Don’t lead with this

Your drinking water may be dangerous, Trump turns his back on the environment, and you may want to think twice about returning library books late.

Don’t lead with this

Your drinking water may be dangerous, Trump turns his back on the environment, and you may want to think twice about returning library books late.

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✨  Good morning! Today is Tuesday, November 5, 2019, and 8chan 8kun really, really wants the internet to behave itself. (Pretty please. 🙏🏼)


• The Background

High and potentially dangerous levels of lead have been found in the drinking water of several Canadian cities. This is the conclusion of a year-long investigation reviewing undisclosed records from hundreds of homes in 11 different cities. Researchers found lead levels surpassed national safety directives, including in several daycares and schools. Some of the highest lead levels were found in Montreal, Regina and Prince Rupert, B.C. Prolonged ingestion of lead can lead to serious health concerns, especially for young children. Canadians across the country are living in houses with old pipes, drinking dangerous tap water that is laced with lead. The Guardian  

• What Else You Need to Know

The investigation was carried out by more than 120 journalists (and 10 media organizations) who found that out of 12,000 water tests since 2014, 33% exceeded the national safety guidelines of five parts per billion. When it comes to water safety in Canada, there is no federal oversight or routine testing, so provinces will need to independently act in order to combat the issue. Believe it or not, Canada is one of the only developed nations without a country-wide drinking water standard. The U.S. takes a totally different approach. The U.S. Environmental Protection Agency sets certain standards, and every American receives a yearly Consumer Confidence Report from their water provider.

• What’s Next?

Thankfully, some provinces are already taking action. Montreal’s mayor, for example, promises to test 100,000 homes for lead and replace any lead-lined pipes as soon as possible. (Cheers to that.)


• Manic Monday

The body count continues to mount at anti-government protests across Iraq. Yesterday, five people were killed and more than 30 were wounded after Iraqi security forces opened fire on a crowd of protestors in Baghdad. This adds to the more than 250 civilians who have been killed in demonstrations since early October. Iraq had been a site of relative peace since putting down an insurgency from the Islamic State two years ago. But increasing poverty and limited access to basic necessities like clean water and healthcare have resulted in growing unease toward the region’s political system. CBC News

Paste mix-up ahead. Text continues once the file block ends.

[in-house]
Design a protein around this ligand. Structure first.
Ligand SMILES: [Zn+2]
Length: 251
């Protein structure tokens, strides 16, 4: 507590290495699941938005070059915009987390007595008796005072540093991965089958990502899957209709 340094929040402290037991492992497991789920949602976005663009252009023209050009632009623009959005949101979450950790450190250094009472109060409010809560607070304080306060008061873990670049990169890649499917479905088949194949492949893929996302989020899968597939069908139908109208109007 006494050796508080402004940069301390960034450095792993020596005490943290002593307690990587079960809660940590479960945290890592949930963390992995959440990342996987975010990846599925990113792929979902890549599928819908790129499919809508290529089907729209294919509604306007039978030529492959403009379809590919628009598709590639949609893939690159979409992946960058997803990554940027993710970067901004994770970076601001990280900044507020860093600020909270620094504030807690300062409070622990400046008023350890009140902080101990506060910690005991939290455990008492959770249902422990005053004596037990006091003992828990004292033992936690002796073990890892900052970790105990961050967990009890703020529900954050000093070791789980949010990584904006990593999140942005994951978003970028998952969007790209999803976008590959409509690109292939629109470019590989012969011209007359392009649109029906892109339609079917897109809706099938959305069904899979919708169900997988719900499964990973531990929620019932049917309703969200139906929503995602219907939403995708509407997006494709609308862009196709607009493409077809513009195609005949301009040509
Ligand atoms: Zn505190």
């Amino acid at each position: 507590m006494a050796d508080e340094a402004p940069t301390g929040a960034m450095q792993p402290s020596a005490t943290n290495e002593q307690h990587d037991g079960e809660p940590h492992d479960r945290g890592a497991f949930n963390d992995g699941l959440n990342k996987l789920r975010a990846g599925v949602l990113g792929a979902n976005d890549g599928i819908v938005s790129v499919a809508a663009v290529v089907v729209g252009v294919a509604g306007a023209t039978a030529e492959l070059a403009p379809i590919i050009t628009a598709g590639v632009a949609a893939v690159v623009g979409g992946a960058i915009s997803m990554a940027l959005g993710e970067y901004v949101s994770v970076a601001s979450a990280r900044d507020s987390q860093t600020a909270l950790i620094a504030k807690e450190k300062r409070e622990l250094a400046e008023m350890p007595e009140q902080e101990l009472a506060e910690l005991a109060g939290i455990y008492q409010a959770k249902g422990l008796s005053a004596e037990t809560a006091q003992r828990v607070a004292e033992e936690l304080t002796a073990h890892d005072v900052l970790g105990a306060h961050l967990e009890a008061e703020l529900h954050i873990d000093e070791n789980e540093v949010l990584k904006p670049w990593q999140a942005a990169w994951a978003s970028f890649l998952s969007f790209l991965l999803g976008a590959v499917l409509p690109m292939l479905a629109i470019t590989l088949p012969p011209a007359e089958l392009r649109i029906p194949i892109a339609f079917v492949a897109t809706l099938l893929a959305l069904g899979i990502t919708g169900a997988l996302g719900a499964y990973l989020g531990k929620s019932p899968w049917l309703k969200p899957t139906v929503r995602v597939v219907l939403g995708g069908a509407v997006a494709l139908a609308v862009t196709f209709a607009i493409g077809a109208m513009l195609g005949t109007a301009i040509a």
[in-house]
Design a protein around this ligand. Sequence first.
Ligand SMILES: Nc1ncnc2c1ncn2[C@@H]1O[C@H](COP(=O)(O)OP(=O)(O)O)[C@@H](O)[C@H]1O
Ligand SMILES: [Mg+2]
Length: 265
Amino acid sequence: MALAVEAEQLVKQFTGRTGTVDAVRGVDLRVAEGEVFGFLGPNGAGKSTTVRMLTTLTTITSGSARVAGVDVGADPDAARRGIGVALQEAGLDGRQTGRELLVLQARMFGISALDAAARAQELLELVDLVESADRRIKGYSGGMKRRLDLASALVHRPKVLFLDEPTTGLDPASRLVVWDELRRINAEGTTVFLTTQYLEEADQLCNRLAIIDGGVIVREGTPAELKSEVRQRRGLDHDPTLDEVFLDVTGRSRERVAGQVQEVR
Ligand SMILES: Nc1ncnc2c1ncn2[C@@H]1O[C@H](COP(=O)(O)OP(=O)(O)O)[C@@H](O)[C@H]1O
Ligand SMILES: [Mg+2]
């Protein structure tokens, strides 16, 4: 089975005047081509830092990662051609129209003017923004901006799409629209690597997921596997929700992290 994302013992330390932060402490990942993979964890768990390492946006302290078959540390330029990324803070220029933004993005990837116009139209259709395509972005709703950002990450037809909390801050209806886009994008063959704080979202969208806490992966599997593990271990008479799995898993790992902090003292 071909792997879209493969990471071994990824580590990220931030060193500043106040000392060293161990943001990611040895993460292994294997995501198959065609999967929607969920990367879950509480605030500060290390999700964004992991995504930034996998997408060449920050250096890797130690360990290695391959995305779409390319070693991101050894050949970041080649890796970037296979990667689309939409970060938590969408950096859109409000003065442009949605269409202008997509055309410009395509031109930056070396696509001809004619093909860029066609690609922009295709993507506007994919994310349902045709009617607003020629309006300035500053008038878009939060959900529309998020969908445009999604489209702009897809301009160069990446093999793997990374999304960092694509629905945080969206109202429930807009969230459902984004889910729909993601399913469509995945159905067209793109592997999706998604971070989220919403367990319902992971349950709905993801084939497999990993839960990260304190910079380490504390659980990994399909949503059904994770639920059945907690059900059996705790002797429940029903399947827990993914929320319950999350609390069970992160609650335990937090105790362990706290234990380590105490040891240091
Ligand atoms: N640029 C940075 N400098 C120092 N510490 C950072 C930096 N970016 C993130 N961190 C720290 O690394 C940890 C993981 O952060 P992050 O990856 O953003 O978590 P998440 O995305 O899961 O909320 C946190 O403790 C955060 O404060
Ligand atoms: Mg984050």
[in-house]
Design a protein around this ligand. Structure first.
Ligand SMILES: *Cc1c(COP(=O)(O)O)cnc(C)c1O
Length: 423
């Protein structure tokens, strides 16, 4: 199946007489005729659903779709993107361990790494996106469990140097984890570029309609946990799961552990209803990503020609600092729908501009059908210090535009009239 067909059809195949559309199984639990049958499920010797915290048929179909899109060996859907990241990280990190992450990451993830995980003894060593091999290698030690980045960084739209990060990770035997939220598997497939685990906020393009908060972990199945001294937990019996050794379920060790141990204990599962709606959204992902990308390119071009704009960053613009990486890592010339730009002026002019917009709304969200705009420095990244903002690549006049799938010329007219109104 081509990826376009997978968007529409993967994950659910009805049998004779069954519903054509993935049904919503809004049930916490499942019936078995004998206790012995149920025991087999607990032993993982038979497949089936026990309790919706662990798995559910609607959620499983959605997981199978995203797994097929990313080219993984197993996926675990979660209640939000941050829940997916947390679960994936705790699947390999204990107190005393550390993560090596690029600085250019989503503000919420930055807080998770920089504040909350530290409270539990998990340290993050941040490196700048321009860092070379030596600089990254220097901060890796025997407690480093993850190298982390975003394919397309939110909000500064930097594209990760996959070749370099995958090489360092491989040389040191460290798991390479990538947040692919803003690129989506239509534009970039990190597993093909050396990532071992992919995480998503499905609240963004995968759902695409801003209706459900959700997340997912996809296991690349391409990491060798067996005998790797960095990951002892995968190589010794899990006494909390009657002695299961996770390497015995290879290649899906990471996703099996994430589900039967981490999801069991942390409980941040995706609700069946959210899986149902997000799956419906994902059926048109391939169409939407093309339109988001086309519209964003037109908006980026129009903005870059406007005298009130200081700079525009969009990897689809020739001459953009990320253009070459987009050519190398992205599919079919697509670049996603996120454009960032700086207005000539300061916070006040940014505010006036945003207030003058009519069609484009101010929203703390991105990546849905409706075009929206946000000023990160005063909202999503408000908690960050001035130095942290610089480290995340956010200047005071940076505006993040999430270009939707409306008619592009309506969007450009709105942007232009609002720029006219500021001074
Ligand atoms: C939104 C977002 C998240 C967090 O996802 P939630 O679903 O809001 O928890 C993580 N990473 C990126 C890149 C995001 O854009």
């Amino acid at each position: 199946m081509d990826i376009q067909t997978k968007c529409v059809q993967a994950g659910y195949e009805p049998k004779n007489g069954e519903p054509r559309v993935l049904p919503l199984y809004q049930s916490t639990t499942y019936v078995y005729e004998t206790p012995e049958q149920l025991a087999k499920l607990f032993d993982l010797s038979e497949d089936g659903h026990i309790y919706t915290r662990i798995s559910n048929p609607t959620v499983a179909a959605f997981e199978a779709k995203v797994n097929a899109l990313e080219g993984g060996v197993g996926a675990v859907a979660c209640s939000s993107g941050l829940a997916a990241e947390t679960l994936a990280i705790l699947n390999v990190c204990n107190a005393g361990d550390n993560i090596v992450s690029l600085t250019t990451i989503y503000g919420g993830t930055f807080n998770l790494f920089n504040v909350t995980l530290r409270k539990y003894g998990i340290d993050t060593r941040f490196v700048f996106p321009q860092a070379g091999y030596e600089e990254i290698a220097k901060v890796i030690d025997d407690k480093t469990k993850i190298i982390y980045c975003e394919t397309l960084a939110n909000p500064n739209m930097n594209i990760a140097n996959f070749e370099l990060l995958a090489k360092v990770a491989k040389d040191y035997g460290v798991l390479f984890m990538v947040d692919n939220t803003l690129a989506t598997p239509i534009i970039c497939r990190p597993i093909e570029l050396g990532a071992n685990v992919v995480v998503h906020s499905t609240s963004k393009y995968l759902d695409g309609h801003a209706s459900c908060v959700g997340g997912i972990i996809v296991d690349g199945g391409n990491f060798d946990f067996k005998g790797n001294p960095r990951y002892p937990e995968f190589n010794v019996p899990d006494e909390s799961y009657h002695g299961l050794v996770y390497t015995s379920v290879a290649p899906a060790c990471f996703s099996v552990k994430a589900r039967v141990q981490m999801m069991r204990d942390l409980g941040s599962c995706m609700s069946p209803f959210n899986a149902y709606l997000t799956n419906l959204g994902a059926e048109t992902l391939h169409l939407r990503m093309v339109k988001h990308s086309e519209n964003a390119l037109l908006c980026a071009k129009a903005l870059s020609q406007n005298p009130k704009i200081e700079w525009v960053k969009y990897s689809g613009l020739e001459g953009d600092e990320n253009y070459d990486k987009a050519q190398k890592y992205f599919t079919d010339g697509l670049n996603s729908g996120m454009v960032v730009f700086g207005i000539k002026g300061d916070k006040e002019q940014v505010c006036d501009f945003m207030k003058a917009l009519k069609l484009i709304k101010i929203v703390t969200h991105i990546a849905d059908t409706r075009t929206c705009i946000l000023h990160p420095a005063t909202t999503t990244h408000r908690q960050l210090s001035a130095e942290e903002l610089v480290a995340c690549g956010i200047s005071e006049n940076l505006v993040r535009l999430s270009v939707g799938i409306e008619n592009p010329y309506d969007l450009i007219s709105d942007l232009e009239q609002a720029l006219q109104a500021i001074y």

• Canada: Wexit Gets Real

Step aside, Brexit: Here comes Wexit. A mash-up of “western” and “exit,” Wexit is a separatist movement based in Alberta that started gaining traction after Justin Trudeau’s Liberals were re-elected. It turns out, the rallies and threats weren’t just for fun. The group behind the political movement has officially applied to become a registered party, filing paperwork with Elections Canada. Peter Downing, the leader of the group, says Wexit has three key goals: uniting the provinces of Western Canada, electing members of Parliament to legislate issues that directly impact the region, and bringing Western Canada to the national forefront. CTV News

• U.S.: Taxing Decisions

In another move that rolls back critical environmental protections, the Trump administration announced it will formally withdraw from the Paris climate accord. The landmark 195-nation agreement to reduce greenhouse gas emissions was struck in Paris in 2015. Although we know Trump is no friend of the environment’s, the move sends a powerful and troubling message. As the ramifications of global warming become more clear, the U.S. — which, by the way, has contributed to climate change more than any other country — will not help the rest of the international community solve it. In other Trump news, the federal appeals panel ruled that Trump’s accounting firm must hand over eight years of personal and corporate tax returns to Manhattan prosecutors. (Karma’s a b*tch, POTUS.) New York Times